World Bank Gives Approval to $3 Billion Loan for South Korea in Effort To Stave Off Potential
Dec. 24, 1997
World Bank Gives Approval to $3 Billion Loan for South Korea in Effort To Stave Off Potential Loan DefaultsBy CARL HARTMAN
WASHINGTON (AP) _ South Korea, struggling to meet demands of creditors in the next week, has a new $3 billion loan from the World Bank and a promise of more early next year.
``We regard this loan as a symbol of Korea's commitment to structural reforms that in time will help restore the health of a fundamentally sound economy,'' World Bank President James D. Wolfensohn said Tuesday in announcing the latest international financial aid to the Asian nation.
The loan was part of a $57 billion package, including $5 billion from the U.S. government, put together by the International Monetary Fund, the bank's sister organization. Rescue packages in recent months, for Indonesia and Thailand as well as South Korea, have topped $100 billion.
Last week the IMF predicted that the U.S. economy would grow only 2.4 percent next year, not the 3.8 percent predicted earlier, in part because of the Asian financial crisis.
``We are hopeful that we are beginning to see the turnaround today,'' said Danny Leipziger, who heads the bank's office dealing with the regulation of banks and with private enterprise. ``And if everyone acts responsibly, I think the situation can be turned around.''
Leipziger said it would take additional time to work on the additional $7 billion the bank has said it will make available to South Korea if necessary. The question is whether more money would be lent early or later in the first quarter of 1998, he added.
The bank provided the money with unusual speed to stave off loan defaults that could affect commerce worldwide. Normally, major World Bank loans take as long as a year to negotiate.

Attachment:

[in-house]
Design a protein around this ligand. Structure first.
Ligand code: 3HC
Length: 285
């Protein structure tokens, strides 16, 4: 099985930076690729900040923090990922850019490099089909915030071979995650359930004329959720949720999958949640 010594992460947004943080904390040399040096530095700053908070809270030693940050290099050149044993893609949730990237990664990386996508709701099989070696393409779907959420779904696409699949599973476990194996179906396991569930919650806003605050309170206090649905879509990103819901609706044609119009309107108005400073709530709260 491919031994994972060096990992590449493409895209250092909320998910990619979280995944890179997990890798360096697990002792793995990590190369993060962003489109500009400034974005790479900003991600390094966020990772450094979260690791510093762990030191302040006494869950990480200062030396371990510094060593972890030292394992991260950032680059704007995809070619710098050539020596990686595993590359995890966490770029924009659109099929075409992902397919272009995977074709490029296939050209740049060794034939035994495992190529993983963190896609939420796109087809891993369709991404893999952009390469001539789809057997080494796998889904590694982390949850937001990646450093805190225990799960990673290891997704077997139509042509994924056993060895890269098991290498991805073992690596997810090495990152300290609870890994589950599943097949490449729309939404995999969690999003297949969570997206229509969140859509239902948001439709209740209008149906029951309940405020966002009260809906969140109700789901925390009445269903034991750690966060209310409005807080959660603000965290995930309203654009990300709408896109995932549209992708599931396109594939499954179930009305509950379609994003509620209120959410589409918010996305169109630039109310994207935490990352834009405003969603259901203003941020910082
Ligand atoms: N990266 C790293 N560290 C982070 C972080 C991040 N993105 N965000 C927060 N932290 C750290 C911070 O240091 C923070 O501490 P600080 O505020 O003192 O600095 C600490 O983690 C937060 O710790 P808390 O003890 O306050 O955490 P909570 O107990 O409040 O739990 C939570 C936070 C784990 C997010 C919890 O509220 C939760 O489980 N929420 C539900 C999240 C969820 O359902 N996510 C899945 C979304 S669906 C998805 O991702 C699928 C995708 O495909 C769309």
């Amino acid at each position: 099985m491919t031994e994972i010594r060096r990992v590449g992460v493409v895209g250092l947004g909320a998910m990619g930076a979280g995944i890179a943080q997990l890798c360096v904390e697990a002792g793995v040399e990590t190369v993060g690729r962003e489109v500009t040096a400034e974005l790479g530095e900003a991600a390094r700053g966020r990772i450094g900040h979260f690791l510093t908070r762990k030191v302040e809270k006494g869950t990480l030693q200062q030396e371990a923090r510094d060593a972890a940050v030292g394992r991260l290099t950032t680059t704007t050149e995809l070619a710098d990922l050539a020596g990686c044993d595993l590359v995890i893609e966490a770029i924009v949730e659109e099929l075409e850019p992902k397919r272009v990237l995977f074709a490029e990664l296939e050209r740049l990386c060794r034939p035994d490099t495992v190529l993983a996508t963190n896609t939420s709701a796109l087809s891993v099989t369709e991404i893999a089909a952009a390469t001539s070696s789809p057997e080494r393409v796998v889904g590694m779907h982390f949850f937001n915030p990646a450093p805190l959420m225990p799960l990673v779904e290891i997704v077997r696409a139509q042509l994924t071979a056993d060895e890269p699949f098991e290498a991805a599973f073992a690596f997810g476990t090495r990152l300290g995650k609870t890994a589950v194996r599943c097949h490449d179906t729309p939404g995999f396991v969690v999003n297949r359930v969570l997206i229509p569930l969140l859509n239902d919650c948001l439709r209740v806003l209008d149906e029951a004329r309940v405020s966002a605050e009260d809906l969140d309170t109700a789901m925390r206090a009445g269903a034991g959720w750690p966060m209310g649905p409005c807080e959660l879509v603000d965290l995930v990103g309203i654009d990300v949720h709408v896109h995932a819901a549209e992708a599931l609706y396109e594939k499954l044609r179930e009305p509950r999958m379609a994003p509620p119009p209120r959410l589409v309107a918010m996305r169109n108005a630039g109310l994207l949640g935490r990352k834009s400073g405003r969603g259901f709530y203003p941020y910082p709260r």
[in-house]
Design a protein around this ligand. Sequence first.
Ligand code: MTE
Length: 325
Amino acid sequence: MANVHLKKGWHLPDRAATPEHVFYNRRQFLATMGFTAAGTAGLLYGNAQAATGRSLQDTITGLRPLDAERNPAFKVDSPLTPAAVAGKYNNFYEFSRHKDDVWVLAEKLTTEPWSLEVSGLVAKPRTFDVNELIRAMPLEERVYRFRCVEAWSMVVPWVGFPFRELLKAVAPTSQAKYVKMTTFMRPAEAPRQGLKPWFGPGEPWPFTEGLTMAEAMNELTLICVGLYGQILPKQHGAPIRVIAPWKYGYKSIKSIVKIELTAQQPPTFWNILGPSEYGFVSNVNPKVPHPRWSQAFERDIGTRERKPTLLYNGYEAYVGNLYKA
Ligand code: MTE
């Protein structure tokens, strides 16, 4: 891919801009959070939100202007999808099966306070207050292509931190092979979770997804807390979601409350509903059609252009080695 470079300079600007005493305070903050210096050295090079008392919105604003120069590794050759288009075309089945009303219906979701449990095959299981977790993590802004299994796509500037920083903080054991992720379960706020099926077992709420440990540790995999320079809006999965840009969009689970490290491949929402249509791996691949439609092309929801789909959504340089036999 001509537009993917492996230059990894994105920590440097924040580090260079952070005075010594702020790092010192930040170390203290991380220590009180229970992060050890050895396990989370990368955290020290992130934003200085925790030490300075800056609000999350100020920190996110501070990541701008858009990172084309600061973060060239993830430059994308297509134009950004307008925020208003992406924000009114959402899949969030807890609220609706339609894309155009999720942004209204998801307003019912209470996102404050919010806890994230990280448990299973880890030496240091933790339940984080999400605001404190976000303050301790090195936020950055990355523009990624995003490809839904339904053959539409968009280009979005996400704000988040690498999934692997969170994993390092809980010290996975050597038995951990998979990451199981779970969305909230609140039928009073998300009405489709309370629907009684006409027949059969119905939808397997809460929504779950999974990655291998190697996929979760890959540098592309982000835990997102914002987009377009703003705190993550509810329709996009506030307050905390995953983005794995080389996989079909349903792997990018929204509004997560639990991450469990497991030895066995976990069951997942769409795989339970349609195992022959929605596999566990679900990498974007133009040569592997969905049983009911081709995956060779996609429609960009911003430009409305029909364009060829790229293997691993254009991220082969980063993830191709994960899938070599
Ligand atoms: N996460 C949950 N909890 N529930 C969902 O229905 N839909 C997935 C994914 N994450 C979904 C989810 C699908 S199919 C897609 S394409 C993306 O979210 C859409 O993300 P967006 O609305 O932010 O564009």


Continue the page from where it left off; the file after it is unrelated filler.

Aides to President-elect Kim Dae-jung, who will take office in February, had said the immediate problem was $15 billion in short-term loans that fall due before the end of the year, and another billion due in January. On Dec. 11, South Korea still had $10 billion in usable reserves and since then has had a $4 billion loan from the Asian Development Bank.
But an undisclosed portion of the reserves may already have drained away.
Lee Kyung-shik, governor of South Korea's central bank, flew to Tokyo on Tuesday to ask Japanese banks to keep rolling over the $12 billion they have lent to South Korean banks. The Japanese banks have collected $8 billion in recent weeks.
Japan's banking system is suffering strains of its own and there has been fear that further shocks to the world's second largest economy could have repercussions in the United States. Japanese hold billions of dollars worth of U.S. treasury bonds.
``We are focusing on the longer term issues,'' Mark Malloch Brown, the World Bank's vice president for external affairs, told reporters in Washington. ``The way we will judge our effectiveness is by the changes we can bring about with the Korean authorities. ... It is for others to judge themselves by the short-term stabilization effort.''
He said he had not heard Japan mentioned in Tuesday's closed-door discussion of the loan to South Korea by the World Bank's executive board. The board represents the 181 countries that own the bank.
Part of the World Bank's long-term effort is to reform the South Korean private banking system, which has been accused of making irresponsible loans based on political pull.
Malloch Brown said he hoped the bank's loan would help create confidence.
On Tuesday, South Korea's currency, the won, dropped to 1,965 to the dollar, less than half what it was worth two months ago. Private credit agencies have lowered their opinion of the country's bonds to junk-bond status. Such downgrades encourage investors to sell their Korean bonds, making the crisis worse.
``There is a general recognition that we are living in dangerous times,'' Malloch Brown said. ``The international community can't stand idly by and allow any of the situations to escalate further.''